President of Venezuela Nicolas Maduro has accused groups working within the United States of attempting to destabilize his government and even direct physical harm.
Tensions ignited last week when RT reported that the United States denied the entrance of the Venezuelan presidential aircraft to fly over Puerto Rican airspace. President Maduro was on his way to China. Puerto Rico is a commonwealth of the United States; therefore, requests are made to the State Department. It is unclear why the airplane of a head of state was denied entrance, but the United States quickly detracted its position after a furious response from several Latin American leaders.
This week President Maduro did not attend meetings at the United Nations General Assembly amidst reports of great dangers to his person. On his return trip from China President Maduro received intelligence of provocations awaiting him in New York. The Venezuelan president stated: “When I got into Vancouver I evaluated the intelligence which we received from several sources. I decided then and there to continue back to Caracas and drop the New York trip to protect a key goal: safeguarding my physical integrity, protecting my life,” as was reported by Al Jazeera.
U.S. Assistant Secretary of State for Western Hemisphere Affairs Roberta Jacobson denied any plot against the Venezuelan president in U.S. territory and said: “It was his decision not to come. There were no obstacles in his journey.” Ms. Jacobson reiterated that the U.S. wishes to have a good productive relationship with Venezuela. However, President Obama has yet to recognize the election results that brought Nicolas Maduro to power last April.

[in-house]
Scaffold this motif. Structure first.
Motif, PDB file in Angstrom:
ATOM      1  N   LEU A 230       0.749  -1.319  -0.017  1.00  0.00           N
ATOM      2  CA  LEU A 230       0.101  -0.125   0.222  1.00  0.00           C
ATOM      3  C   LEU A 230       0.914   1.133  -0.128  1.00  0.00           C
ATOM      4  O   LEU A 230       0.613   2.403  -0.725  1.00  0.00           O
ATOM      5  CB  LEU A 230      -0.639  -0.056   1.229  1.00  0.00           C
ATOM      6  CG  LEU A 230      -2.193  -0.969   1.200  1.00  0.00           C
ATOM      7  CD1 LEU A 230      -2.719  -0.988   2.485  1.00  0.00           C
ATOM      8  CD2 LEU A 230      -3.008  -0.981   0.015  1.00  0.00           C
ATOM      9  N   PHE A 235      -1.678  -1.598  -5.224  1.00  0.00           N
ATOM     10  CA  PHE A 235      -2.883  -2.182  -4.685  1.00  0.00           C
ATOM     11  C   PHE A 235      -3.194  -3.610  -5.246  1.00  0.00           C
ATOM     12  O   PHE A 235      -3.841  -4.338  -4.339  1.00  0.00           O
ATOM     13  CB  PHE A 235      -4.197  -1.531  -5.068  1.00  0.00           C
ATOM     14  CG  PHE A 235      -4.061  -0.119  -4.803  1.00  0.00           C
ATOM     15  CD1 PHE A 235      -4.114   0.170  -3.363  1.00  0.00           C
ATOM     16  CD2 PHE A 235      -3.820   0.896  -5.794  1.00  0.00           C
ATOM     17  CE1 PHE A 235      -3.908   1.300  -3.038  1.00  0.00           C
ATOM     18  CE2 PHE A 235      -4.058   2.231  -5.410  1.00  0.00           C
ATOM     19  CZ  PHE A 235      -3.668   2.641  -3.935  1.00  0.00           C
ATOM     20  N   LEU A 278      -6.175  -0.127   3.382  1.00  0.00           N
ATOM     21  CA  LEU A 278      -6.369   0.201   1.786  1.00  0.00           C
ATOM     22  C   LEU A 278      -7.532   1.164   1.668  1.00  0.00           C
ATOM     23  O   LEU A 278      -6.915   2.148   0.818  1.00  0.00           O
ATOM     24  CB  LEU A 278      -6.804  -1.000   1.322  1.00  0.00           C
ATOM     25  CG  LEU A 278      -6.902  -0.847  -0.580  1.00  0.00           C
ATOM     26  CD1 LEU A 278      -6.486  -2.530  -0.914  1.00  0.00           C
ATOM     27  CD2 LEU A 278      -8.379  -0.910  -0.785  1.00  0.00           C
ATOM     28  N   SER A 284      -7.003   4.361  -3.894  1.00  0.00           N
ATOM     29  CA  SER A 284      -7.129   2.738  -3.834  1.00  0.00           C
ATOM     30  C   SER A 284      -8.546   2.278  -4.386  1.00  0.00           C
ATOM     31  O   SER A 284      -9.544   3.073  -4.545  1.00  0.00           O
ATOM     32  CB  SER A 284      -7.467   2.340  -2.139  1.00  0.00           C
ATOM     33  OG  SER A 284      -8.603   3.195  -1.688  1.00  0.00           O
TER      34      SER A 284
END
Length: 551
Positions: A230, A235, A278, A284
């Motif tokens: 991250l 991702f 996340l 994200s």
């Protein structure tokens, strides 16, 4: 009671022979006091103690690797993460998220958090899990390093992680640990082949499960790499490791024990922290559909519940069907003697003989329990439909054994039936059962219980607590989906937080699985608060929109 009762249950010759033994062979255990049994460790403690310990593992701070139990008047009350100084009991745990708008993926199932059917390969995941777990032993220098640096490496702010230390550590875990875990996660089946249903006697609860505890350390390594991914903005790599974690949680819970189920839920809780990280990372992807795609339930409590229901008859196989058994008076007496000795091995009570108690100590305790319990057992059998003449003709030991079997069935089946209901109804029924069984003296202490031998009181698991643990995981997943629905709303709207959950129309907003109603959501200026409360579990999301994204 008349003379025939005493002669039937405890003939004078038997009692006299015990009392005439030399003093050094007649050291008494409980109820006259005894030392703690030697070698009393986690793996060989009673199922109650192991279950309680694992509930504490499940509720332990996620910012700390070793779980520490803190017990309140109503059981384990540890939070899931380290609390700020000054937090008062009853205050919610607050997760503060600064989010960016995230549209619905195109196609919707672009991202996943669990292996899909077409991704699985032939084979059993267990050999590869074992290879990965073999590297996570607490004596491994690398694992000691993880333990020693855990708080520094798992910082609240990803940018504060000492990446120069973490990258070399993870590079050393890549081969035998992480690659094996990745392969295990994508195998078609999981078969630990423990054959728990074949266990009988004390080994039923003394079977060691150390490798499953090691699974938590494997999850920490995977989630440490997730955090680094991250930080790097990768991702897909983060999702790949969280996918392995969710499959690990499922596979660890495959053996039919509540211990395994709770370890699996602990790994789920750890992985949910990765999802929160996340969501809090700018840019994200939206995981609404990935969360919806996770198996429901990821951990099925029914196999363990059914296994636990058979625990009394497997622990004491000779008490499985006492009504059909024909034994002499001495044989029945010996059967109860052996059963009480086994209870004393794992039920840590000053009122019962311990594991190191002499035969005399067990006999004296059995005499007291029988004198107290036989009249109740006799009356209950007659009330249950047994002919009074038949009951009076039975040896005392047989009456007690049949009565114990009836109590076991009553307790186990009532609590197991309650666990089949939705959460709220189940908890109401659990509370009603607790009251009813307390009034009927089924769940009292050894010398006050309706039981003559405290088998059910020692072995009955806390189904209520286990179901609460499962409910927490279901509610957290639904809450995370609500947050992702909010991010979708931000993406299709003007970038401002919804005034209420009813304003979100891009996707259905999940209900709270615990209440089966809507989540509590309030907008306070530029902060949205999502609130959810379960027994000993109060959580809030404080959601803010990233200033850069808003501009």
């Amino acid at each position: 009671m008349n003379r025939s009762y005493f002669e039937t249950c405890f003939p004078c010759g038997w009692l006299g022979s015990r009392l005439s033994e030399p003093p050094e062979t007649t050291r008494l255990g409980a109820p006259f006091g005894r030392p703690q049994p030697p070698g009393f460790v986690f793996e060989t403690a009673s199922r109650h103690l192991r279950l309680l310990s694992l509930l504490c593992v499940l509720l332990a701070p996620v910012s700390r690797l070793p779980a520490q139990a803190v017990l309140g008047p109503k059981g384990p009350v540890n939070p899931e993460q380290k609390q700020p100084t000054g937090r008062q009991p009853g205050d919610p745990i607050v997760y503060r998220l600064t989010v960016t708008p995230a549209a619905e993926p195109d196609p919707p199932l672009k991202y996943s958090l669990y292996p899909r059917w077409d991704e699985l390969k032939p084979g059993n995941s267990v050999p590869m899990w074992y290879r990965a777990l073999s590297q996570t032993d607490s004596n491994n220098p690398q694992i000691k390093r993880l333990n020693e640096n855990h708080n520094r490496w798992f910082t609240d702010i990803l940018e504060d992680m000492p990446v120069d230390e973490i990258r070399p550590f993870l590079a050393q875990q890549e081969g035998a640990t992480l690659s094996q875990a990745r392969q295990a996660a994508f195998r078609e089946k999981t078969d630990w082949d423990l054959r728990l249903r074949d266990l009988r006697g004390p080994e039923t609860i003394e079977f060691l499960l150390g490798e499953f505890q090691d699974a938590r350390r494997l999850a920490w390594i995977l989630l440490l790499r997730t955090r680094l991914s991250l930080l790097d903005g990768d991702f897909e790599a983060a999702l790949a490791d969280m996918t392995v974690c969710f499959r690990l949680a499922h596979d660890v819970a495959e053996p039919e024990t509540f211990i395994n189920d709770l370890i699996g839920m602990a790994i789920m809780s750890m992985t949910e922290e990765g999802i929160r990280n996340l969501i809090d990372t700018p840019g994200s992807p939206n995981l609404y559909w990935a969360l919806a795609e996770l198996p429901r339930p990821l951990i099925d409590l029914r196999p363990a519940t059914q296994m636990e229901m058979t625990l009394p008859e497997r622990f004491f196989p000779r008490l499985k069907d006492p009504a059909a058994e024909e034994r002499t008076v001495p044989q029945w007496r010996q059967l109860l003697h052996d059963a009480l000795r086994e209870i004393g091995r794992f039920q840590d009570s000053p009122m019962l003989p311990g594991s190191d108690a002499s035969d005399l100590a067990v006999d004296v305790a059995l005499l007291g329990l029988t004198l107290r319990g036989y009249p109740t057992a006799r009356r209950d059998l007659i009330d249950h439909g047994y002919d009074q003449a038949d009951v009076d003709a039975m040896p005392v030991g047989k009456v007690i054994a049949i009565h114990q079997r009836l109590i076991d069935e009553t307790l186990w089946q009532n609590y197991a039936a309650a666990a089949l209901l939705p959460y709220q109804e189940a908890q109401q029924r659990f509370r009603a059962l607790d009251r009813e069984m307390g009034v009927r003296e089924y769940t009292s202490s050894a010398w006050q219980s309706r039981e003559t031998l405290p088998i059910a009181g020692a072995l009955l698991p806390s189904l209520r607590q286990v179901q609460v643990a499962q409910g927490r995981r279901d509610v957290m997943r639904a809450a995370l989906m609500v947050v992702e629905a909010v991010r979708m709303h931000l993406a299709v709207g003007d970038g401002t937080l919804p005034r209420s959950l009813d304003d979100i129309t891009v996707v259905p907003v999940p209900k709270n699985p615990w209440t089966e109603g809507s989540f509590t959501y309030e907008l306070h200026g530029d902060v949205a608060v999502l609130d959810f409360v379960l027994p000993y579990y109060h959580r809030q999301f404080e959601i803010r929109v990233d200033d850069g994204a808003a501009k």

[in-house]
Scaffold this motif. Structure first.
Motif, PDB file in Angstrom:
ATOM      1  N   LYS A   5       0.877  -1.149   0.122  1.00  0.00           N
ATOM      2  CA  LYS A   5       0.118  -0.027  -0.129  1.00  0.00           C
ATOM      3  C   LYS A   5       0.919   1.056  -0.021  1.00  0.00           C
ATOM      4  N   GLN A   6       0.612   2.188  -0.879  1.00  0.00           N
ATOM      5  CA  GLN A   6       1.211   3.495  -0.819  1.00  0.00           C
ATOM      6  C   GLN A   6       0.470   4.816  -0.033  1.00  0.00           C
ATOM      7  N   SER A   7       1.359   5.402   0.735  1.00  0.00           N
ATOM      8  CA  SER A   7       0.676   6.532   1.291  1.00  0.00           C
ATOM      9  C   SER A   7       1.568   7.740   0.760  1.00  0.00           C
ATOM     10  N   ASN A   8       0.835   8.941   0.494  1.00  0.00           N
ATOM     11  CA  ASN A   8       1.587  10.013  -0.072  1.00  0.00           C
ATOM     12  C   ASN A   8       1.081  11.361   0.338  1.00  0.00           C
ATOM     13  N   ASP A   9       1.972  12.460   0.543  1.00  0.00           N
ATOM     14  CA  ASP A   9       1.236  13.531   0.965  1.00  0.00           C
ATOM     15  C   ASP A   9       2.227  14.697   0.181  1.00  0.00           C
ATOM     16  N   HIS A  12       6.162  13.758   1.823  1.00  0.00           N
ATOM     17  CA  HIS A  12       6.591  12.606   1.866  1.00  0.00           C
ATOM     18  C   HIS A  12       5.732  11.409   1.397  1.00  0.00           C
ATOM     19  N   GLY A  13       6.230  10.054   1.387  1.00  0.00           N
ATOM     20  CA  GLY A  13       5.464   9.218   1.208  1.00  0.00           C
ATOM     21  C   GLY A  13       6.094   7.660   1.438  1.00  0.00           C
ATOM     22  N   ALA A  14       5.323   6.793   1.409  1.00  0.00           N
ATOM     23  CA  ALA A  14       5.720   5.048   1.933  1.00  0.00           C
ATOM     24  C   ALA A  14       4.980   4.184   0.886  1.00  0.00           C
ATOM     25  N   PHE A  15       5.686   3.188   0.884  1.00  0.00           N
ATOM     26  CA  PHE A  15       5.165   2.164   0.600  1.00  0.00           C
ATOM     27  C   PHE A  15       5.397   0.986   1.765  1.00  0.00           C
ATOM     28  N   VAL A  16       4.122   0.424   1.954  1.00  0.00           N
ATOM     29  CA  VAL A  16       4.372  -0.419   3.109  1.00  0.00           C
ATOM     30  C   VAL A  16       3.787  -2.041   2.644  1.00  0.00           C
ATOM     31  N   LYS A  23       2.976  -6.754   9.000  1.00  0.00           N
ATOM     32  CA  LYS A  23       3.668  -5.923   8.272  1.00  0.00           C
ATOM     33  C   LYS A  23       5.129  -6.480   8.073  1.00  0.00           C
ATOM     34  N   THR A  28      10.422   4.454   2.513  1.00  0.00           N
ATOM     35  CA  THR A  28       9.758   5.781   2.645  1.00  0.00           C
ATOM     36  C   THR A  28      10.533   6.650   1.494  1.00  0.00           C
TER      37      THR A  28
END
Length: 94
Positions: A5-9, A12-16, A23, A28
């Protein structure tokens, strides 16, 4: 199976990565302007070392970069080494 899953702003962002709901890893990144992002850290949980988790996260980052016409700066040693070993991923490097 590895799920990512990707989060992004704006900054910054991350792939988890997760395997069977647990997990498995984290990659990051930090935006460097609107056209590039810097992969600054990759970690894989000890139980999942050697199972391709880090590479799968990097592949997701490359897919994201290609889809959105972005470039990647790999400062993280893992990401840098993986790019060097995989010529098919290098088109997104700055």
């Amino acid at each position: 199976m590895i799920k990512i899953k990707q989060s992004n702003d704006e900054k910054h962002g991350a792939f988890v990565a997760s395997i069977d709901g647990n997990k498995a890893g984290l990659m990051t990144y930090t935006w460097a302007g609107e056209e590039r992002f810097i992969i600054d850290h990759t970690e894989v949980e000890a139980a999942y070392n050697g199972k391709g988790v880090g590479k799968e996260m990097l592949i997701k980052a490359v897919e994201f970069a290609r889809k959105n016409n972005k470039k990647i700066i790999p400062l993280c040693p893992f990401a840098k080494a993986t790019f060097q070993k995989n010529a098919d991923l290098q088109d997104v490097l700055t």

Photo courtesy of Panorama.co.ve
The situation at the National Prison of Maracaibo, also known as the Prison of Sabaneta, is gruesome and bone-chilling. The confrontation between two gang leaders began at noon on Monday leaving 16 inmates dead. However, it is not the death toll which is alarming but the way the bodies have been found. One body was found dismembered and another had its heart ripped out.
The inmates are well armed with weapons of every caliber. There has been a long history of corruption within the Venezuelan correctional system and guards have been known sell weapons to the convicts. After 15 years in power the leading political party (PSUV) has been unable to curve violence in the country. The Minister of the National Prison System, Iris Varela, and member of the status quo, has not accepted any responsibility at the policies in place. Instead, she has laid the blame on the policies previous to the revolution of 1998, also known as the Fourth Republic.
Ms. Varela stated: “These prison littered with corruption, firearms, violence, disrespect for life, and which makes a profit out of human misery, are prison inherited from the Fourth Republic, and it’s a vice we are combating.”
After 15 years of combat there seems to be no progress at the front.
The incident came to a halt after the gang leader, Edwin, also known as El Mocho, who initiated the conflict asked to negotiate with Ms. Varela directly and agreed to give-up his weapons. His only demand was not to be transferred to another prison.
On Wednesday morning seven buses arrived at the prison to move inmates to another facility. The National Prison of Maracaibo is a coed prison and 290 females along with 280 men were removed.